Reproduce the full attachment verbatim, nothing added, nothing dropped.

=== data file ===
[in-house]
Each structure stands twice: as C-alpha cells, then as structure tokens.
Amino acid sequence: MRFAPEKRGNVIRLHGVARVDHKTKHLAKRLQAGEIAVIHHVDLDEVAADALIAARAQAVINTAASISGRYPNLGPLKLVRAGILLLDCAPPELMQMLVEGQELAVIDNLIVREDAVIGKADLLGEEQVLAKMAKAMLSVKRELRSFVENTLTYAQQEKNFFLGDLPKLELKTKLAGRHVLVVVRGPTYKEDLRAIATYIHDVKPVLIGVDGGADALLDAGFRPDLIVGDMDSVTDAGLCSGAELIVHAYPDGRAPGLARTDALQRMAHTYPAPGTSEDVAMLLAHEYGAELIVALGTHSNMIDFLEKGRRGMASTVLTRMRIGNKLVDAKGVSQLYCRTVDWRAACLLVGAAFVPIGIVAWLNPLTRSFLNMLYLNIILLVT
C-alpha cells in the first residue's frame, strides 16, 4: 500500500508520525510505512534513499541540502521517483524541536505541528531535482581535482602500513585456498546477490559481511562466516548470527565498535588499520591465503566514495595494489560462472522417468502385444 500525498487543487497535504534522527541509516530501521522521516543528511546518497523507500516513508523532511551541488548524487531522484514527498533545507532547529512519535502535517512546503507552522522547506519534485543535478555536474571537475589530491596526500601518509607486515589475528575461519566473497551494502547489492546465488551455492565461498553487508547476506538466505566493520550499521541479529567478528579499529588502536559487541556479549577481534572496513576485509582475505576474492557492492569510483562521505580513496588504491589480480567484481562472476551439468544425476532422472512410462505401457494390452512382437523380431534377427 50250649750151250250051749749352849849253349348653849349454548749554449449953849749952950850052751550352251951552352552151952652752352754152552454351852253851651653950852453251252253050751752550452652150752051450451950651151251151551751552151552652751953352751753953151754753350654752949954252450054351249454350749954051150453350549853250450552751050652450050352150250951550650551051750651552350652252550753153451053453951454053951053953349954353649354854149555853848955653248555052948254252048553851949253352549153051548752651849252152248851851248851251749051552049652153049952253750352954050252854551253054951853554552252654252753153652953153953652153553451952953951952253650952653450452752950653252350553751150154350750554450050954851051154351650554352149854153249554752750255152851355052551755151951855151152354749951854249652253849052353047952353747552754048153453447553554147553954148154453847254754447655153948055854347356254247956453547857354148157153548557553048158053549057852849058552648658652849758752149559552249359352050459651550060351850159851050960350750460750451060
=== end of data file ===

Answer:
[in-house]
Each structure stands twice: as C-alpha cells, then as structure tokens.
Amino acid sequence: MRFAPEKRGNVIRLHGVARVDHKTKHLAKRLQAGEIAVIHHVDLDEVAADALIAARAQAVINTAASISGRYPNLGPLKLVRAGILLLDCAPPELMQMLVEGQELAVIDNLIVREDAVIGKADLLGEEQVLAKMAKAMLSVKRELRSFVENTLTYAQQEKNFFLGDLPKLELKTKLAGRHVLVVVRGPTYKEDLRAIATYIHDVKPVLIGVDGGADALLDAGFRPDLIVGDMDSVTDAGLCSGAELIVHAYPDGRAPGLARTDALQRMAHTYPAPGTSEDVAMLLAHEYGAELIVALGTHSNMIDFLEKGRRGMASTVLTRMRIGNKLVDAKGVSQLYCRTVDWRAACLLVGAAFVPIGIVAWLNPLTRSFLNMLYLNIILLVT
C-alpha cells in the first residue's frame, strides 16, 4: 500500500508520525510505512534513499541540502521517483524541536505541528531535482581535482602500513585456498546477490559481511562466516548470527565498535588499520591465503566514495595494489560462472522417468502385444 500525498487543487497535504534522527541509516530501521522521516543528511546518497523507500516513508523532511551541488548524487531522484514527498533545507532547529512519535502535517512546503507552522522547506519534485543535478555536474571537475589530491596526500601518509607486515589475528575461519566473497551494502547489492546465488551455492565461498553487508547476506538466505566493520550499521541479529567478528579499529588502536559487541556479549577481534572496513576485509582475505576474492557492492569510483562521505580513496588504491589480480567484481562472476551439468544425476532422472512410462505401457494390452512382437523380431534377427 50250649750151250250051749749352849849253349348653849349454548749554449449953849749952950850052751550352251951552352552151952652752352754152552454351852253851651653950852453251252253050751752550452652150752051450451950651151251151551751552151552652751953352751753953151754753350654752949954252450054351249454350749954051150453350549853250450552751050652450050352150250951550650551051750651552350652252550753153451053453951454053951053953349954353649354854149555853848955653248555052948254252048553851949253352549153051548752651849252152248851851248851251749051552049652153049952253750352954050252854551253054951853554552252654252753153652953153953652153553451952953951952253650952653450452752950653252350553751150154350750554450050954851051154351650554352149854153249554752750255152851355052551755151951855151152354749951854249652253849052353047952353747552754048153453447553554147553954148154453847254754447655153948055854347356254247956453547857354148157153548557553048158053549057852849058552648658652849758752149559552249359352050459651550060351850159851050960350750460750451060